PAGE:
Pace Yourself

On Tuesday I tried my very first speed workout with my Garmin watch. 4 x 800, which is a 1/2 mile or two laps of a 400 meter track. It was rather challenging. I had no idea how fast I should run during the speed intervals. Fortunately my dailymile friends had some good advice. One of them even gave me a link the Macmillian Pace calculator. All you have to do is plug in a distance and time, and it calculates what pace you should be aiming for on different types of runs. I learned that I’m not very good at pacing myself. I shouldn’t be pushing myself so much on all of my runs. Now I have a target pace for short runs, speed workouts, medium runs, and long runs. I can already tell it’s making a difference. Instead of being tired and barely making it through runs at top speed I now feel comfortable during runs and still feel like I can go further after I finish. I need to pace myself.

I haven’t always been good at pacing myself. Okay, I’m still not really good at it. This week has been no exception. Friday I strained some tendons in my left arm. I pushed myself and kept practicing despite the fact that my arm hurt. Big mistake. I know better, but I wanted to do better at my lesson, which I eventually ended up canceling because my arm was bothering me too much to even play. I needed to pace myself. I always feel like I push myself to meet the expectations of others instead of pacing myself and making sure things are right. Before my senior year in high school I was at a summer program when I ended up severely straining my left forearm tendon. I still had concerts, and an audition coming up and I kept going. I did 5 concerts in three days. It landed me in physical therapy for the next four months trying to get rid of the pain. I missed the audition, and my college auditions didn’t go well. I pushed, and I had bad technique.

Fast forward to grad school. One day I was walking from the library and a lovely gust of wind turned my violin case into a kite. I strained a tendon in my right shoulder three days after my graduate violin recital hearing (thank goodness it was after the hearing!). The doctor I saw gave me a note to all of my music teachers. He didn’t want me to push, and he was going to make sure no one else pushed me either! I had to take a week off. My violin teacher wasn’t happy at my next lesson (he was out of town when I hurt my shoulder so I at least had a break from lessons), but I had paced myself and was pain free and working hard toward my recital which was three weeks later.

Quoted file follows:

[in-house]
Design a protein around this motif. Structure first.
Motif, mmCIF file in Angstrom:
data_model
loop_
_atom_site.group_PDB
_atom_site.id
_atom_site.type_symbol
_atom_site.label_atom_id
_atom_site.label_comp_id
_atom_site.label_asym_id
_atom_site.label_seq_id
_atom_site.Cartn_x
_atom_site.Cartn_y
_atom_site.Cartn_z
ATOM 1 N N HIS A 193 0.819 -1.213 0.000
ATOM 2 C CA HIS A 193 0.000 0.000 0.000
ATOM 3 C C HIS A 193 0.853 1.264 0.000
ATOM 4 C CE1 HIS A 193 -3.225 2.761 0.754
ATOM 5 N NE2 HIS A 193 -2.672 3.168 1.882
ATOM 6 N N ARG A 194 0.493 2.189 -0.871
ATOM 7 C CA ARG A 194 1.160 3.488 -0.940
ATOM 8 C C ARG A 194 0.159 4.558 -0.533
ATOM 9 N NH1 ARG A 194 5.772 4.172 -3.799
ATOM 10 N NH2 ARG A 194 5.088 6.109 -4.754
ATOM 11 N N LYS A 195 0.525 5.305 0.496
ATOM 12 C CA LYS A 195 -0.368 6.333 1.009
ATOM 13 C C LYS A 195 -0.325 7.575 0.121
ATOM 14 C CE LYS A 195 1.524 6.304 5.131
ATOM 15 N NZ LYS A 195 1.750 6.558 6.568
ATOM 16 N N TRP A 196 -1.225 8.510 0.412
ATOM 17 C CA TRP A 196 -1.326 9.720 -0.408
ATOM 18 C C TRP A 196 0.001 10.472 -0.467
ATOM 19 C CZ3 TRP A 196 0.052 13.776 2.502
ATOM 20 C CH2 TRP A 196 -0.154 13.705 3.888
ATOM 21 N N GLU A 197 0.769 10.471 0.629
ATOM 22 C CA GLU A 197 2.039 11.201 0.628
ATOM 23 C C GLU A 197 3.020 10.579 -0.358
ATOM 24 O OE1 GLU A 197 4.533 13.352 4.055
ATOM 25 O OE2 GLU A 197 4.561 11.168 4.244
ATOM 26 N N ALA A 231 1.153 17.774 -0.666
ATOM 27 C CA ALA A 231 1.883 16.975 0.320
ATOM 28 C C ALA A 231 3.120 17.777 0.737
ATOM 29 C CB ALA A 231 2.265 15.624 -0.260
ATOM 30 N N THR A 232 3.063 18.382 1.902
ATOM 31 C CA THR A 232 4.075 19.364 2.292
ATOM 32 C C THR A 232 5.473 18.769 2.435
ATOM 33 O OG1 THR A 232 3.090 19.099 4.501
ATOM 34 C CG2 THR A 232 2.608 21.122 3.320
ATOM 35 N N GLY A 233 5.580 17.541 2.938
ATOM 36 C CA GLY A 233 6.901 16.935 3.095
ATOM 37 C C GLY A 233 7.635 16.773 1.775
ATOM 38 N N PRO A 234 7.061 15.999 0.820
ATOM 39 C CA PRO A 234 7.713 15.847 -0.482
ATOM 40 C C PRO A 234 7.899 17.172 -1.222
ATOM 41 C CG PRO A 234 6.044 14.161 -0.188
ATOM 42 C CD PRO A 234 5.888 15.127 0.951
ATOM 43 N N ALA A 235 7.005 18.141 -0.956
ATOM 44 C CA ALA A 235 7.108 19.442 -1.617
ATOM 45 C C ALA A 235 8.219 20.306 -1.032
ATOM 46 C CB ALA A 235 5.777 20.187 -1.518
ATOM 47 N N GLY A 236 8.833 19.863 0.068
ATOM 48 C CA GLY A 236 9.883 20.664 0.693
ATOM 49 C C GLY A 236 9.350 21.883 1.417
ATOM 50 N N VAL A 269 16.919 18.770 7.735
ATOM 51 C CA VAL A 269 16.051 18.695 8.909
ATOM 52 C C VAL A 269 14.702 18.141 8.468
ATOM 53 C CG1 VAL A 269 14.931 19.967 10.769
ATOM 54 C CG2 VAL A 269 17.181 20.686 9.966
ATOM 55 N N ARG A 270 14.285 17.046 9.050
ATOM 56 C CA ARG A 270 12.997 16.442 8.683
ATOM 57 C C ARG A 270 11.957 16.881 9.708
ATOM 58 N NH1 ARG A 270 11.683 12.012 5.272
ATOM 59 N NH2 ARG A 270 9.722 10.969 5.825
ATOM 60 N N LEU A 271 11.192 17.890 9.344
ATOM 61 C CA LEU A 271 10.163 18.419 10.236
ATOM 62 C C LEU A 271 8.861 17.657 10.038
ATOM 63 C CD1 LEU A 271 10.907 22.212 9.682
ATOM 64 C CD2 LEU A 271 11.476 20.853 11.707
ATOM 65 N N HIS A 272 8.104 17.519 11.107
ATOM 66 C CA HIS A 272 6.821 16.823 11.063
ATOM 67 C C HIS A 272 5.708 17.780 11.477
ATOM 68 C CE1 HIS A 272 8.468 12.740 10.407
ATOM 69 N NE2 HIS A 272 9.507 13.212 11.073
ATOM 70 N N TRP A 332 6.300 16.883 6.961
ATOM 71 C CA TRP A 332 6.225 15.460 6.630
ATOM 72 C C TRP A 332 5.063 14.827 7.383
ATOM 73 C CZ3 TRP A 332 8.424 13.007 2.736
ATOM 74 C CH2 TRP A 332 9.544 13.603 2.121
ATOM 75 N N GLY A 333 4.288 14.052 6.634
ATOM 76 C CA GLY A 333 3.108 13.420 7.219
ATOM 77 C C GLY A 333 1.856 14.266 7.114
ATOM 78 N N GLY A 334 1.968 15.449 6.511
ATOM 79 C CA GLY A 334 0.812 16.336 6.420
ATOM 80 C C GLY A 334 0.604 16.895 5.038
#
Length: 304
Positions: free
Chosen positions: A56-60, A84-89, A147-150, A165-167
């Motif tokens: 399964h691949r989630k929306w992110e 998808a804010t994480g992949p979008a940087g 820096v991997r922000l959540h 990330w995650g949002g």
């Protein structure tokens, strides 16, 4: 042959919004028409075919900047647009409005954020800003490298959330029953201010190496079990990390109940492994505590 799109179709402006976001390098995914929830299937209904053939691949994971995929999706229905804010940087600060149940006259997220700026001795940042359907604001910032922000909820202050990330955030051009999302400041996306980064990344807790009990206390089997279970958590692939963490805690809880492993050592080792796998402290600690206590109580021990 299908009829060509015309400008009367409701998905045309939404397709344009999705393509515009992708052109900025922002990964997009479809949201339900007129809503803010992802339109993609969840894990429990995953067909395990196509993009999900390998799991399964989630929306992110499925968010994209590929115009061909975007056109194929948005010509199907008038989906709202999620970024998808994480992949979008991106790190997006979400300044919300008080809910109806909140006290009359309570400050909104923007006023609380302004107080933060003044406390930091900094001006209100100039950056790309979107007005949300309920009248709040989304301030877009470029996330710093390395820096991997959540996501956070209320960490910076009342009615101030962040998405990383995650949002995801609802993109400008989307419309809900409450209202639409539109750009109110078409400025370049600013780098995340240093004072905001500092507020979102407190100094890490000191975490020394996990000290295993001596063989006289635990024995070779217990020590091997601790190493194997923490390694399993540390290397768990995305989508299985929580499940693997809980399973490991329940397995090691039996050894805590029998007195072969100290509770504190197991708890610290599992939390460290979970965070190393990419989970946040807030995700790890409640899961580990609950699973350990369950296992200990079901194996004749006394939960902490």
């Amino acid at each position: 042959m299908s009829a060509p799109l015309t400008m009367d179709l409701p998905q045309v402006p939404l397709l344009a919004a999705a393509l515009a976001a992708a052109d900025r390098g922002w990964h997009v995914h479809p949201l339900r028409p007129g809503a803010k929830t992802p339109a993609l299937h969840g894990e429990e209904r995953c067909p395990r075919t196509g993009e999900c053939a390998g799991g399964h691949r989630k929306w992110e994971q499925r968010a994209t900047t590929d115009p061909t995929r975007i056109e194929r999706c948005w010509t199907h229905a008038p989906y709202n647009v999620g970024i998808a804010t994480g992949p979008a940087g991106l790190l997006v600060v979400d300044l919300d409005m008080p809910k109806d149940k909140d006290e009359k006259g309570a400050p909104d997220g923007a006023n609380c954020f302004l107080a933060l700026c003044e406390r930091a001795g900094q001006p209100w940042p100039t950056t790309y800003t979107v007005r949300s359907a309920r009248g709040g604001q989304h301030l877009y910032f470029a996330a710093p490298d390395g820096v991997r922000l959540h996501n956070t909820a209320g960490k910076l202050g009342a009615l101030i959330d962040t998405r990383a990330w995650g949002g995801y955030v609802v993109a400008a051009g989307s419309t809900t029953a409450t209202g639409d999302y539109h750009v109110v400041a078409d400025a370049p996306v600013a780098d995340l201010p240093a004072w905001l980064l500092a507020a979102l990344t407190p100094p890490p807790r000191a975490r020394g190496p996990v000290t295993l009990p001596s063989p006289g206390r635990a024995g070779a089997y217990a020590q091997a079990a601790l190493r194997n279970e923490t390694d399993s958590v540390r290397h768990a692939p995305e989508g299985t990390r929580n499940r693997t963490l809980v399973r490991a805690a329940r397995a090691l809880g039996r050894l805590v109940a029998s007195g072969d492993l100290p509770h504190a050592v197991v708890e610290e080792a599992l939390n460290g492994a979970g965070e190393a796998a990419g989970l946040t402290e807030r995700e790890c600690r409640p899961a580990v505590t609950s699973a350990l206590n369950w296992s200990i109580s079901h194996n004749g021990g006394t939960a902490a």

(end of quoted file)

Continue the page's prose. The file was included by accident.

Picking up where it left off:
You would think I had learned my lesson after all of this. Even when I’m not hurt I still push. I feel like I disappoint people a lot when I’m not at the level they want me to be, or doing what they think I should be doing, but I’ve learned that it’s more important to do things right than to have all of my pieces up to tempo, or anticipate what people think I should be doing. It’s better to do things right than to push and only do them half way. I keep reminding myself of that. Yesterday I practiced for the first time this week. An hour and a half all pain free. I didn’t get to everything, but what I did do was good. I’ve set a foundation for the week to build off of as things get better. I keep reminding myself that it’s more important to make sure things are right than to push myself with the amount of material or speed. This week I’m focusing on pacing myself!

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Overwhelmed and frustrated